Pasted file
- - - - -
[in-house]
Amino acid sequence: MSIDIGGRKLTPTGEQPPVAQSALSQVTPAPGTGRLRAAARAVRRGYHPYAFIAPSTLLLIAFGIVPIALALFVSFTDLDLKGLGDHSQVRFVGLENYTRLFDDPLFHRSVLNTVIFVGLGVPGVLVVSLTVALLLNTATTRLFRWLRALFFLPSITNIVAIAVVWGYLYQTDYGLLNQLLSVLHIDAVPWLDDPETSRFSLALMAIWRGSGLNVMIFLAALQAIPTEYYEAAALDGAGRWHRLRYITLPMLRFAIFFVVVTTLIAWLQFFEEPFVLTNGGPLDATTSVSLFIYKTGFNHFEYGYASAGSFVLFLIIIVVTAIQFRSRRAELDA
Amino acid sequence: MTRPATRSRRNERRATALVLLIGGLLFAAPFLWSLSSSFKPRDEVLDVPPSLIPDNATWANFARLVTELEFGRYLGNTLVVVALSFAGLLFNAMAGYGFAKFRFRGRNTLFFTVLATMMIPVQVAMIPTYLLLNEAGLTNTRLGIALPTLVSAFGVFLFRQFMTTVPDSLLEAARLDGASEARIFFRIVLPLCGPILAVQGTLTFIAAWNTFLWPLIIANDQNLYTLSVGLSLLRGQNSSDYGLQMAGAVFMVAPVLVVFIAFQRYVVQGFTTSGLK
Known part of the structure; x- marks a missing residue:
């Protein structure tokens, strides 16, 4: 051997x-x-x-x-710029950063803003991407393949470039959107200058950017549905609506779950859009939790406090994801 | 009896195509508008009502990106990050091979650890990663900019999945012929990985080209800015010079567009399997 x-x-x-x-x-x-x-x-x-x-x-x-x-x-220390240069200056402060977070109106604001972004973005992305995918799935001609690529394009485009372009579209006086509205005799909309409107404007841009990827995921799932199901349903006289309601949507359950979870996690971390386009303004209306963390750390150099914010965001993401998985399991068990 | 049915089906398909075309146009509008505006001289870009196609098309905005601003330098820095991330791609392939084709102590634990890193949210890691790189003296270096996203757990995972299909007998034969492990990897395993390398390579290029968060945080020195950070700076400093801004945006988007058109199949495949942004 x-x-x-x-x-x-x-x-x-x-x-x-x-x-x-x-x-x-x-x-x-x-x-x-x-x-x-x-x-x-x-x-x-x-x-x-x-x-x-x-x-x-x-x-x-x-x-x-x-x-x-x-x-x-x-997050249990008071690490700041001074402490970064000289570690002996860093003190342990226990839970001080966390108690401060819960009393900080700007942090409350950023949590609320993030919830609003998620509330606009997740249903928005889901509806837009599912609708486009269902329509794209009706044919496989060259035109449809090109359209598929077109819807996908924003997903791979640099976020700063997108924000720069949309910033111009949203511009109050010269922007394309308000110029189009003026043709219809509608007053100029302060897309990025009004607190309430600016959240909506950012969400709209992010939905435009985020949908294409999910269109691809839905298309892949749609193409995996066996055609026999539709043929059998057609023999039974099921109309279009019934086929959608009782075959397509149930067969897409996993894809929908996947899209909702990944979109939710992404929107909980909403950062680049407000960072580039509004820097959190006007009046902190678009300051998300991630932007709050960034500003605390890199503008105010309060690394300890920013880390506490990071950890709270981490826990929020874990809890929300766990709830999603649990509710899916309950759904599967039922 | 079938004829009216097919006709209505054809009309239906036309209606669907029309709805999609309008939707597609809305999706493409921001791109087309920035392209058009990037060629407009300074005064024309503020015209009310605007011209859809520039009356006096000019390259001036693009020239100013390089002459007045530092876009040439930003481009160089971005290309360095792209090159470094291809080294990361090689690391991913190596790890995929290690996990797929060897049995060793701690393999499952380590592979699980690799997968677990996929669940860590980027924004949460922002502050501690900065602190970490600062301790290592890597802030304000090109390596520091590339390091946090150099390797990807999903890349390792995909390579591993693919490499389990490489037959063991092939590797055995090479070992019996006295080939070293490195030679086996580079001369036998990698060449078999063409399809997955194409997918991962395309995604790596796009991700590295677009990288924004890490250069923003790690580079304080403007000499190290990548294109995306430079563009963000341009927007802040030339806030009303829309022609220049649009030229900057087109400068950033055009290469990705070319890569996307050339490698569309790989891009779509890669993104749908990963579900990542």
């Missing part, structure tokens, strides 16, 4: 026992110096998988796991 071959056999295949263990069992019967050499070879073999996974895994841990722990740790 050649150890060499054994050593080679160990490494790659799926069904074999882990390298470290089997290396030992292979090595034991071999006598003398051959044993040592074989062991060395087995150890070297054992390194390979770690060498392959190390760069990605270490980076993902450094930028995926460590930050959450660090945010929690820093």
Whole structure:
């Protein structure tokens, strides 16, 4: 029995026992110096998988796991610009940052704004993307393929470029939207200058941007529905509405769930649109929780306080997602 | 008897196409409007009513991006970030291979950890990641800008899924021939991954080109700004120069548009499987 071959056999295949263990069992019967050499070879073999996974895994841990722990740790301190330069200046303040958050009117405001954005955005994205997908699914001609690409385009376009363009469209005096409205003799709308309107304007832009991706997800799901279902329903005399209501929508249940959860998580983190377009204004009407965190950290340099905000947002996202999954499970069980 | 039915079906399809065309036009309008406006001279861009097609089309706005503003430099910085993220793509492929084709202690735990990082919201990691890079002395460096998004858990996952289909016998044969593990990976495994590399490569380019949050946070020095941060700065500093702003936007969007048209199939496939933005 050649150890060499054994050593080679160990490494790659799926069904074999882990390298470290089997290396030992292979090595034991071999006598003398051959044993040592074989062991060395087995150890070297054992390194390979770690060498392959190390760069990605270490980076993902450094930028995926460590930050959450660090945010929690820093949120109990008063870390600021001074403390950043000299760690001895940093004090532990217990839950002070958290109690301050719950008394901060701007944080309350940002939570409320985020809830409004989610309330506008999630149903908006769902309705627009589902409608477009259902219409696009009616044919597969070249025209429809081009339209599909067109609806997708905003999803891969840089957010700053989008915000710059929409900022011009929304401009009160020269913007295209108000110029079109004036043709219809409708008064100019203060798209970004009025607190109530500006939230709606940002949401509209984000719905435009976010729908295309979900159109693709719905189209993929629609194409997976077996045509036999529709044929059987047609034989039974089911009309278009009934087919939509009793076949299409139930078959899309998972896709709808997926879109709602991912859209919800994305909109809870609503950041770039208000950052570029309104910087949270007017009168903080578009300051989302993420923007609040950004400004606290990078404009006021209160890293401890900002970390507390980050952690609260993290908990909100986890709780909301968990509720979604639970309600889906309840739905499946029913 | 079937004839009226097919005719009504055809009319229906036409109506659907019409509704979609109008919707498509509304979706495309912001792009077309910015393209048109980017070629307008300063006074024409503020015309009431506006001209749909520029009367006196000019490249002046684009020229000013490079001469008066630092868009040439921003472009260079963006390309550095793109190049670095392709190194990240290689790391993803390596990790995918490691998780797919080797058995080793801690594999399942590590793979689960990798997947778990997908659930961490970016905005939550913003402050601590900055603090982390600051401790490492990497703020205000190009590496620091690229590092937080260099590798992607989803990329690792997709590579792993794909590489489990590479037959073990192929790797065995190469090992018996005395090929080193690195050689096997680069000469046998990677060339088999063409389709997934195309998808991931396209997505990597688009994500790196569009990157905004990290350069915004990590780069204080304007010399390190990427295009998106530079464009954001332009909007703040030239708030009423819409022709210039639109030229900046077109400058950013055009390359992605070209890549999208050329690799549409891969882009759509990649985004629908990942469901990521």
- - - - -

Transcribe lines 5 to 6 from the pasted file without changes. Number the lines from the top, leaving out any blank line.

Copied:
């Protein structure tokens, strides 16, 4: 051997x-x-x-x-710029950063803003991407393949470039959107200058950017549905609506779950859009939790406090994801 | 009896195509508008009502990106990050091979650890990663900019999945012929990985080209800015010079567009399997 x-x-x-x-x-x-x-x-x-x-x-x-x-x-220390240069200056402060977070109106604001972004973005992305995918799935001609690529394009485009372009579209006086509205005799909309409107404007841009990827995921799932199901349903006289309601949507359950979870996690971390386009303004209306963390750390150099914010965001993401998985399991068990 | 049915089906398909075309146009509008505006001289870009196609098309905005601003330098820095991330791609392939084709102590634990890193949210890691790189003296270096996203757990995972299909007998034969492990990897395993390398390579290029968060945080020195950070700076400093801004945006988007058109199949495949942004 x-x-x-x-x-x-x-x-x-x-x-x-x-x-x-x-x-x-x-x-x-x-x-x-x-x-x-x-x-x-x-x-x-x-x-x-x-x-x-x-x-x-x-x-x-x-x-x-x-x-x-x-x-x-x-997050249990008071690490700041001074402490970064000289570690002996860093003190342990226990839970001080966390108690401060819960009393900080700007942090409350950023949590609320993030919830609003998620509330606009997740249903928005889901509806837009599912609708486009269902329509794209009706044919496989060259035109449809090109359209598929077109819807996908924003997903791979640099976020700063997108924000720069949309910033111009949203511009109050010269922007394309308000110029189009003026043709219809509608007053100029302060897309990025009004607190309430600016959240909506950012969400709209992010939905435009985020949908294409999910269109691809839905298309892949749609193409995996066996055609026999539709043929059998057609023999039974099921109309279009019934086929959608009782075959397509149930067969897409996993894809929908996947899209909702990944979109939710992404929107909980909403950062680049407000960072580039509004820097959190006007009046902190678009300051998300991630932007709050960034500003605390890199503008105010309060690394300890920013880390506490990071950890709270981490826990929020874990809890929300766990709830999603649990509710899916309950759904599967039922 | 079938004829009216097919006709209505054809009309239906036309209606669907029309709805999609309008939707597609809305999706493409921001791109087309920035392209058009990037060629407009300074005064024309503020015209009310605007011209859809520039009356006096000019390259001036693009020239100013390089002459007045530092876009040439930003481009160089971005290309360095792209090159470094291809080294990361090689690391991913190596790890995929290690996990797929060897049995060793701690393999499952380590592979699980690799997968677990996929669940860590980027924004949460922002502050501690900065602190970490600062301790290592890597802030304000090109390596520091590339390091946090150099390797990807999903890349390792995909390579591993693919490499389990490489037959063991092939590797055995090479070992019996006295080939070293490195030679086996580079001369036998990698060449078999063409399809997955194409997918991962395309995604790596796009991700590295677009990288924004890490250069923003790690580079304080403007000499190290990548294109995306430079563009963000341009927007802040030339806030009303829309022609220049649009030229900057087109400068950033055009290469990705070319890569996307050339490698569309790989891009779509890669993104749908990963579900990542």
């Missing part, structure tokens, strides 16, 4: 026992110096998988796991 071959056999295949263990069992019967050499070879073999996974895994841990722990740790 050649150890060499054994050593080679160990490494790659799926069904074999882990390298470290089997290396030992292979090595034991071999006598003398051959044993040592074989062991060395087995150890070297054992390194390979770690060498392959190390760069990605270490980076993902450094930028995926460590930050959450660090945010929690820093």